From time to time I wake in cold apprehension of falling under the Lord’s censure for those of whom all men speak well.  (I feel quite safe in the assurance that all women don’t speak well of me, having worked very successfully on that for years.)   Googling my name, however, quickly gives me the desired result: someone out there doesn’t like me.  Although the first of these is obviously misprision, no one can rob me of the eschatological promise of being called a militant anti-theist.  

From a blogsite describing the invitation of genial atheists to visit a few Evangelical churches, after which they were asked if they had any interesting or useful observations:

. . . You’re right. And the atheists did have some very helpful things to say about some of the formal aspects of worship (“Why do greeters always feel the need to smile?” “Why do people arrive so late to worship – is it because they don’t like the music?” etc.) In many ways the atheists were doing exactly what you suggest, and in their own way showing great tolerance. They effectively say, “I’m with you to this point, but… when it comes to belief in the transcendent as motivational, or the centrality of faith, or the need for a hopeful story, etc.” And, gratefully, neither atheist was in the militant camp–the anti-theist camp of S. M. Hutchens, Mike Hutchinson, or Richard Dawkins.

And here’s something from a site apparently frequented by dyspeptic dwarfs.  I’m honored to be put in the same soup as my friend Esolen (especially when it gives bellyaches to the likes of these), but here all Touchstoners join us in the pot:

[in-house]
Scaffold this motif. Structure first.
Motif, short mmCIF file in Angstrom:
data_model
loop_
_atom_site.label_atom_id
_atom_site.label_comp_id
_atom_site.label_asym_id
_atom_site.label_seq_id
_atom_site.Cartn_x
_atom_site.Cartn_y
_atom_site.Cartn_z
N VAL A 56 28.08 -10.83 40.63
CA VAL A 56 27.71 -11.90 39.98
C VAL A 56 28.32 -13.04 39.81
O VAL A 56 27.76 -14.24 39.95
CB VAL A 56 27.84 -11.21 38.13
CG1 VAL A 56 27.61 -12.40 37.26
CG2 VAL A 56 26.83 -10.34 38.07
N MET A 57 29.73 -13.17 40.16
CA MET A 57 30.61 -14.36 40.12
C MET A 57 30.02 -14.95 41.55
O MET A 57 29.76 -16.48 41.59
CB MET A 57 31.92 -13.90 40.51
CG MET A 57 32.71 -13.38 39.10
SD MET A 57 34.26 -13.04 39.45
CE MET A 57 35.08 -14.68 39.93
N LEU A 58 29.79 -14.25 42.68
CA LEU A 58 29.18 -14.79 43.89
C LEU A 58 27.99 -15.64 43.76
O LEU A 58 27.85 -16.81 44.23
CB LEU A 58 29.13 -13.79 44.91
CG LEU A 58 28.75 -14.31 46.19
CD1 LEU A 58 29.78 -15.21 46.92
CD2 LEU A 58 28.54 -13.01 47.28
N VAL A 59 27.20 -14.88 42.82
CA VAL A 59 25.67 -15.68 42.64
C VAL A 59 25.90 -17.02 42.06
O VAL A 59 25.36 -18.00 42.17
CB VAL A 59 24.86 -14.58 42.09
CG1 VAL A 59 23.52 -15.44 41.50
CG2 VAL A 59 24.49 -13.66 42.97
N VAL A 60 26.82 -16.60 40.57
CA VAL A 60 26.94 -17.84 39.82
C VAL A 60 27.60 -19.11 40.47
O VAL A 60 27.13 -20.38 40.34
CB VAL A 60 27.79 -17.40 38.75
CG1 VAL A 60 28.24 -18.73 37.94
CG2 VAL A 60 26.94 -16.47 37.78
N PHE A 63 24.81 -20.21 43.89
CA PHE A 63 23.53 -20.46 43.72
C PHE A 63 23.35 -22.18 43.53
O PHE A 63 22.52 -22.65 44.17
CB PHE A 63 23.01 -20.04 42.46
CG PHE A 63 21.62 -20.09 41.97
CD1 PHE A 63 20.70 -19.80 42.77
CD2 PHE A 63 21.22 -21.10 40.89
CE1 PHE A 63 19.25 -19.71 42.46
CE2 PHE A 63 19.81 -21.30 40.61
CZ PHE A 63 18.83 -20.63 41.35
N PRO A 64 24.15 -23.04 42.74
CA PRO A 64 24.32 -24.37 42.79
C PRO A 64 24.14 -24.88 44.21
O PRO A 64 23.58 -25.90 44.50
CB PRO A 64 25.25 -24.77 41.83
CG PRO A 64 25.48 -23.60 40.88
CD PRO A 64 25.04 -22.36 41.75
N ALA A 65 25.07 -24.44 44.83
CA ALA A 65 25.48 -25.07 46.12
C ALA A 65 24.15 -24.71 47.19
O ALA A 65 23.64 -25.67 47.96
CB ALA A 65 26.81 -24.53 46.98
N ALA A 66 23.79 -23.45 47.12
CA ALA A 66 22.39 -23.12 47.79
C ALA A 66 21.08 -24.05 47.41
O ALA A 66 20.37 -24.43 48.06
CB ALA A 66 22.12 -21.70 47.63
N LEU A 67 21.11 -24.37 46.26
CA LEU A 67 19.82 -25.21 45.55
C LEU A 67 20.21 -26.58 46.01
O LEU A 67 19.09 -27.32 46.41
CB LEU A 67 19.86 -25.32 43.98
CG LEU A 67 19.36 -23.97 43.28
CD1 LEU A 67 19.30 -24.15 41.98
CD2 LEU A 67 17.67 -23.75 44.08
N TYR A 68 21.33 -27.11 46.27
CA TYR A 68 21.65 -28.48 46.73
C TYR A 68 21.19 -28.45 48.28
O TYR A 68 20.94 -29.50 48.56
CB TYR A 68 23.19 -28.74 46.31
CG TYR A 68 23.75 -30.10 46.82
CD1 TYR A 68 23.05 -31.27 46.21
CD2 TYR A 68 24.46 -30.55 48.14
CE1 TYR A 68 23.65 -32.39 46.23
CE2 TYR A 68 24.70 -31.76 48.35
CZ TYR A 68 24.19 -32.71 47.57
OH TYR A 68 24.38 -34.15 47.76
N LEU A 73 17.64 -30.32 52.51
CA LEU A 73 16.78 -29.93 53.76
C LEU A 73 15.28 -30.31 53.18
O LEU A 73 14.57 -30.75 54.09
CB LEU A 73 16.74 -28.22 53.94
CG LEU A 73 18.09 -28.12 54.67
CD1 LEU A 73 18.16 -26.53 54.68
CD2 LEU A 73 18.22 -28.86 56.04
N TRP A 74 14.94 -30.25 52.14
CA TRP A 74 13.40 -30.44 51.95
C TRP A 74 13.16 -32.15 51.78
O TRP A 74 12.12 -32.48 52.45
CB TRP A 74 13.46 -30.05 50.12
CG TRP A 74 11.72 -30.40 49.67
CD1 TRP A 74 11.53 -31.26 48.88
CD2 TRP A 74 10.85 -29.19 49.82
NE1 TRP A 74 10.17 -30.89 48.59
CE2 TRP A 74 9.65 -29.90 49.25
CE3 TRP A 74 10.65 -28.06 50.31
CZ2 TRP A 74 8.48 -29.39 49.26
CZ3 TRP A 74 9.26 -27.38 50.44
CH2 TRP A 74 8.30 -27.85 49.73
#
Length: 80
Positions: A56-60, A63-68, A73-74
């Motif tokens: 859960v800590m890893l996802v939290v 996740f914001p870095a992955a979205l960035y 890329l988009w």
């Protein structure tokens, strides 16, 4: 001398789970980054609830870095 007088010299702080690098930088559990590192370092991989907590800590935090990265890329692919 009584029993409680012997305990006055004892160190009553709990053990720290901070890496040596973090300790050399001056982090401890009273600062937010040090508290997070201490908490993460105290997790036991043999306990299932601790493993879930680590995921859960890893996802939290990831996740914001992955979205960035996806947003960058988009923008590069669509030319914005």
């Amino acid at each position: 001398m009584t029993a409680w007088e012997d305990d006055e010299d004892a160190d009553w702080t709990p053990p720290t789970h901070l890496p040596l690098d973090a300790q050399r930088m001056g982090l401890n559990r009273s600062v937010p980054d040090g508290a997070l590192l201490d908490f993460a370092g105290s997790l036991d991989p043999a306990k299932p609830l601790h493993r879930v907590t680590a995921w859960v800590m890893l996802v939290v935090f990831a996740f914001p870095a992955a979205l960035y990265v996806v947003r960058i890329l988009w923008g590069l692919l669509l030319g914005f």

Sometimes I want to sit back and imagine that “Anthony Esolen” and “S.M. Hutchens” are pseudonyms for some outstandingly clever satirist who is trying to show what the world would be like according to the dictates of man-children held captive by an almost perverse fascination with medieval legends as models for living and an adolescent schoolgirl’s approach to morality. If you mix in there some requisite citations to the Bible, you basically get an issue of Touchstone.

I must agree with Obi-Wan that what we regard as the truth is very often a matter of perspective.  When peered out at from beneath a rock, our brand of morality is indeed that of an adolescent schoolgirl–provided she is a serious Christian.

But the teaching point is this: Mothers, be sure to keep your children from Touchstone (check under the mattress, or out behind the corn crib, or behind an innocent copy of Captain Billy’s Whiz Bang), and should you see one of its editors, or forsooth, someone you know to be a reader, on the street, pass by on the other side with eyes averted.  One glance may bring atheism or arrested moral development–depending on your perspective.